Despite the advantages brought to the art by the above described solutions and their continuous improvements during these last years, there are still some problems. Indeed, in the known devices for the nozzle insertion and/or removal, the plate is always subjected to important flexural stresses which can be responsible for the formation of cracks at the upper end of the tubular part. It has indeed been observed that the upper plate can deform by flexion around an axis parallel to the direction of the guides where the said plate slides. The above described solutions permit to lower these flexural stresses by stopping them or by diluting them and this, by acting on the material itself or on the nozzle assembly techniques. These solutions are expensive and not fully satisfactory.
The present invention has for object a pouring nozzle whose shape is adapted to better resist the stresses imposed by its use and notably the stresses linked to the maintain of the nozzle in the device.
nozzle has also a shape adapted to receive a pushing device which generates a favourable stress pattern.
In particular, the present invention relates to a pouring nozzle for a nozzle insertion and or removal device, wherein the nozzle is constituted of a tubular part defining a pouring channel and, at its upper end, of a plate provided with an orifice defining a pouring channel, said plate comprising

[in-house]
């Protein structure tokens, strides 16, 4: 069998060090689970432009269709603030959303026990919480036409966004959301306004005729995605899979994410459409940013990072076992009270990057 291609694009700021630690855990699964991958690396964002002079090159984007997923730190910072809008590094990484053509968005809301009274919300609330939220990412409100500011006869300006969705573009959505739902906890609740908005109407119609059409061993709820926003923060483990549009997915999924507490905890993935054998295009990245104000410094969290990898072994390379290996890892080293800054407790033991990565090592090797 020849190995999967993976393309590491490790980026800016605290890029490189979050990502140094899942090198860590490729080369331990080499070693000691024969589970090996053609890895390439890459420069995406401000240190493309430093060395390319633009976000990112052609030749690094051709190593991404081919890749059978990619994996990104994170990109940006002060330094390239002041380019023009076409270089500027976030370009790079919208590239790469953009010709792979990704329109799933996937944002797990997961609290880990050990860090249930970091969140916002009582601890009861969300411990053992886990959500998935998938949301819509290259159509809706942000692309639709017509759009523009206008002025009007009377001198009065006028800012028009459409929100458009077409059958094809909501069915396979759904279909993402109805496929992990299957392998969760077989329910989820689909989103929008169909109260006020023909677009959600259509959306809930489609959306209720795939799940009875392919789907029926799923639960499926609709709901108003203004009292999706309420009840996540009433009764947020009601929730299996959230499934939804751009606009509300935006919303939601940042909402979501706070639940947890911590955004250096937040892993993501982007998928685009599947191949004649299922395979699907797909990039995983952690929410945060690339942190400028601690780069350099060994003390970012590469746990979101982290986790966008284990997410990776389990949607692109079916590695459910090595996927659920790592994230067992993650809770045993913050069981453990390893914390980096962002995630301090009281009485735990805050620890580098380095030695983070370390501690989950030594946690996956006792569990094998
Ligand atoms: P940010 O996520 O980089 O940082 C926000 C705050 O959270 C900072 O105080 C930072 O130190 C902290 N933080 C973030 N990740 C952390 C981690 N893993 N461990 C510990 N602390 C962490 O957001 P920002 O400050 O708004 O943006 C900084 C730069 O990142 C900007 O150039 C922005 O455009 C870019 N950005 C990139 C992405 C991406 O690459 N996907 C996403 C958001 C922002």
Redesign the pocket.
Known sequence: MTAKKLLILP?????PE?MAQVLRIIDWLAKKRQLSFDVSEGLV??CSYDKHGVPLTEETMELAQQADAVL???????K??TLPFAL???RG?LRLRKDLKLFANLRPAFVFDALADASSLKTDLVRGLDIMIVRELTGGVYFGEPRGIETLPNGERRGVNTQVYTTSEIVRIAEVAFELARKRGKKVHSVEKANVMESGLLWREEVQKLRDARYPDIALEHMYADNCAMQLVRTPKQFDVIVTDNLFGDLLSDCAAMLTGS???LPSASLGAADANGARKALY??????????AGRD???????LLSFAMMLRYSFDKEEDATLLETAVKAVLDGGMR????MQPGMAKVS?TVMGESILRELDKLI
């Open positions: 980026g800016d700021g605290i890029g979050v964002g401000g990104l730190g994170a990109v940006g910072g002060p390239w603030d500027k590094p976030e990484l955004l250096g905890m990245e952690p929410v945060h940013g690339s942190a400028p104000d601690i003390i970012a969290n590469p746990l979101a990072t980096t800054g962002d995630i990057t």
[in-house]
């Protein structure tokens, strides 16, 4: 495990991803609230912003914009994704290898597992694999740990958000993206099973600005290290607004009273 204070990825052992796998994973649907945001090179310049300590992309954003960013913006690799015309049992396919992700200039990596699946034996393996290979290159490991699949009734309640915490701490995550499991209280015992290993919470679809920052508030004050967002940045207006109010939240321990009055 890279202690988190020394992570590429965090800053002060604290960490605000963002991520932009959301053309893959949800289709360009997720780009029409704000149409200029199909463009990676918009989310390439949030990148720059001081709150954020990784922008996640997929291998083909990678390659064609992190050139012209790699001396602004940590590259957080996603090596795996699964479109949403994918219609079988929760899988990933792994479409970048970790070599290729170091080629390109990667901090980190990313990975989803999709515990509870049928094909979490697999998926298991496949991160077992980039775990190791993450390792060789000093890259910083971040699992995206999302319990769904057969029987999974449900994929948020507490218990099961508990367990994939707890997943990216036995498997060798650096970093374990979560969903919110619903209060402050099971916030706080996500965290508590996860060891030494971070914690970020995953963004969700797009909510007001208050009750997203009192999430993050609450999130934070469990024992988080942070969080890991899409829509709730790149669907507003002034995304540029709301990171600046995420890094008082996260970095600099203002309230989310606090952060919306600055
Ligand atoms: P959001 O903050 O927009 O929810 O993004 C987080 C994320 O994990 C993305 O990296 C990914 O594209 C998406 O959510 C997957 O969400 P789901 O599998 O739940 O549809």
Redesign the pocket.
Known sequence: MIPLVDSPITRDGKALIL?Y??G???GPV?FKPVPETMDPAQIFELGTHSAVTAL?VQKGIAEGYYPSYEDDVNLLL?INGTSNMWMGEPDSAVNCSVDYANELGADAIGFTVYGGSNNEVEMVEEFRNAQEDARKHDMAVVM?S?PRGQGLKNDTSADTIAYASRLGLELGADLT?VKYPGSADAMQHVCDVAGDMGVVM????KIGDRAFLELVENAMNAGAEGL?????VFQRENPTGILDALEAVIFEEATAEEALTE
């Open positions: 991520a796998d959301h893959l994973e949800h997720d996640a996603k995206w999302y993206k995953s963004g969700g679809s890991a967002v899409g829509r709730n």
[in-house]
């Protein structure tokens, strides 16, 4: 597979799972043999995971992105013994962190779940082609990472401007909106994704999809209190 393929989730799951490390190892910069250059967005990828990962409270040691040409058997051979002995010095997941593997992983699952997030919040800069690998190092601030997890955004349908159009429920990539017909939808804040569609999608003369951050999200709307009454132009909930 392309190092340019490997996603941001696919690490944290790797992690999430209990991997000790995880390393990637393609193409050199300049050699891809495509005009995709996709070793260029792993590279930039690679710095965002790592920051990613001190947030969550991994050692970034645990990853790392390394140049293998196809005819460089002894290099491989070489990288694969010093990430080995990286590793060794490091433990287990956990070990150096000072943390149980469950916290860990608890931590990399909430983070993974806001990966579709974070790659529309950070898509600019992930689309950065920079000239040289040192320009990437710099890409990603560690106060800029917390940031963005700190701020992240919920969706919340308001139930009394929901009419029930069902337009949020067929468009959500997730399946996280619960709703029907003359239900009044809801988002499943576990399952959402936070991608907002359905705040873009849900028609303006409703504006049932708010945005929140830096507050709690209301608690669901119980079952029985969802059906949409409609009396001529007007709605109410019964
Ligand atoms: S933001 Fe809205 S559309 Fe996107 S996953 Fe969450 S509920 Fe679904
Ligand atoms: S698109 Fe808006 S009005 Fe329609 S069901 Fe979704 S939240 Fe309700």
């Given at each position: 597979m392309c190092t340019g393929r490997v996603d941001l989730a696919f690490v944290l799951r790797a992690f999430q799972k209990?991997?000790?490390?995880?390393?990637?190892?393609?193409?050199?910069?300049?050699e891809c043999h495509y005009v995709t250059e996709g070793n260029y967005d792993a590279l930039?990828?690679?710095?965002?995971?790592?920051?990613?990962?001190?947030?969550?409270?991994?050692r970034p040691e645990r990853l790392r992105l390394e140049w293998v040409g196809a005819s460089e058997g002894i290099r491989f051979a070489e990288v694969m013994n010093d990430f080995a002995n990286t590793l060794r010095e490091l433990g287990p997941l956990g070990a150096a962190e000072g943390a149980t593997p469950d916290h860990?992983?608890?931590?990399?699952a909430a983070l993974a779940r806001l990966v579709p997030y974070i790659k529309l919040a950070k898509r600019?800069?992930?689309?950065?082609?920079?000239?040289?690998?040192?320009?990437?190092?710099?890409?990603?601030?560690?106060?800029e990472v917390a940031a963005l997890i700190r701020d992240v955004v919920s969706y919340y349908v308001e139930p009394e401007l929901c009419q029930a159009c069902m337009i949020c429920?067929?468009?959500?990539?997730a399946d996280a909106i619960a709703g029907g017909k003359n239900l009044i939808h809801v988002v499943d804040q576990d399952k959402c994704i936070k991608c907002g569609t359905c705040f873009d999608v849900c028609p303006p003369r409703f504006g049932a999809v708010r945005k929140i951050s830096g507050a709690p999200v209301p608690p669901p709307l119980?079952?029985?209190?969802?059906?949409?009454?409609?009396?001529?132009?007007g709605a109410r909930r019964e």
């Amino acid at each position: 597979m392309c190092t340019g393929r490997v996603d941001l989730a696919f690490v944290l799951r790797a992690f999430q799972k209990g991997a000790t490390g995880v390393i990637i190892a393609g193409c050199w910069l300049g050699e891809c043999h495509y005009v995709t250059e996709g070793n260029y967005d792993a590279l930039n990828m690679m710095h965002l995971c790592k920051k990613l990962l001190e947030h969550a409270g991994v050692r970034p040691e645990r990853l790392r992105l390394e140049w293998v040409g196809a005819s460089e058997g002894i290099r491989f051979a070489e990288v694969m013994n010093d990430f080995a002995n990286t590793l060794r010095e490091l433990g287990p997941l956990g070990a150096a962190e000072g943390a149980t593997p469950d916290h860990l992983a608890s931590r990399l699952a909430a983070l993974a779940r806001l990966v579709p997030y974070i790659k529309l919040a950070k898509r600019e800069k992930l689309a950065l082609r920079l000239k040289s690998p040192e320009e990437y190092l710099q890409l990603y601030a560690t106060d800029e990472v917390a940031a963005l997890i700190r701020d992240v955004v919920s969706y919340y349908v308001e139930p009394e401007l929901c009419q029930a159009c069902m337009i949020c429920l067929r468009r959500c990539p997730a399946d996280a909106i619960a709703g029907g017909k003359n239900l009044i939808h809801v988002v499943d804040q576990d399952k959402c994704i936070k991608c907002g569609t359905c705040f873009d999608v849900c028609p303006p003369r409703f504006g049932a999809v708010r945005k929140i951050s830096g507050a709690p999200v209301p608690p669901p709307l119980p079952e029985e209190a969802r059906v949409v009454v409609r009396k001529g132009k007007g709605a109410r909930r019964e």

an upper surface contacting the upstream element of the pouring channel and a lower surface forming the interface with the tubular part of said nozzle; said plate comprising two planar bearing surfaces located on the opposite side of the upper surface of the plate and located on both sides of the pouring channel. This nozzle is characterized in that said two surfaces form with the pouring channel axis an angle 6 of 20° to 80°. The tubular part can have a generally cylindrical, oval or conical shape. The plate is preferably a square or a rectangle.
The shape of the plate according to the invention permits to improve the resistance to cracking and this without having to increase the quantity of matter in the region sensitive to cracks. Thereby, the hindering dimensions remain substantially identical to these of the prior art nozzles. When the nozzle of the invention is introduced into an insertion and or removal device, the said two bearing surfaces are parallel to the firing direction of the nozzle.
It has been observed that an angle ß of 30° to 60°, and, in particular an angle of about 45°, gives good results as to the cracking resistance and the stress pattern. The traction stress measured in a pouring nozzle at the level of the critical region for an angle of 45° are lower by 40 to 50% to these that can be observed for an angle of 90° corresponding to the state of the art. According to a particular embodiment of the invention, the plate of the nozzle is asymmetrical with respect to the plane perpendicular to the bearing surfaces of the nozzle plate and comprising the pouring channel axis. Thereby, the useful surface of the plate on both sides of this plane is different. This enables to insert a nozzle into two positions, one casting position wherein the orifice of the plate corresponds to the upstream pouring channel and an intermediate position wherein the orifice of the plate does not communicate with the upstream pouring channel in order to obstruct it. This can be useful when the upstream closure system ensured for example by a stopper is defective. It permits also to avoid using a safety plate since the closure can be ensured by the nozzle plate itself.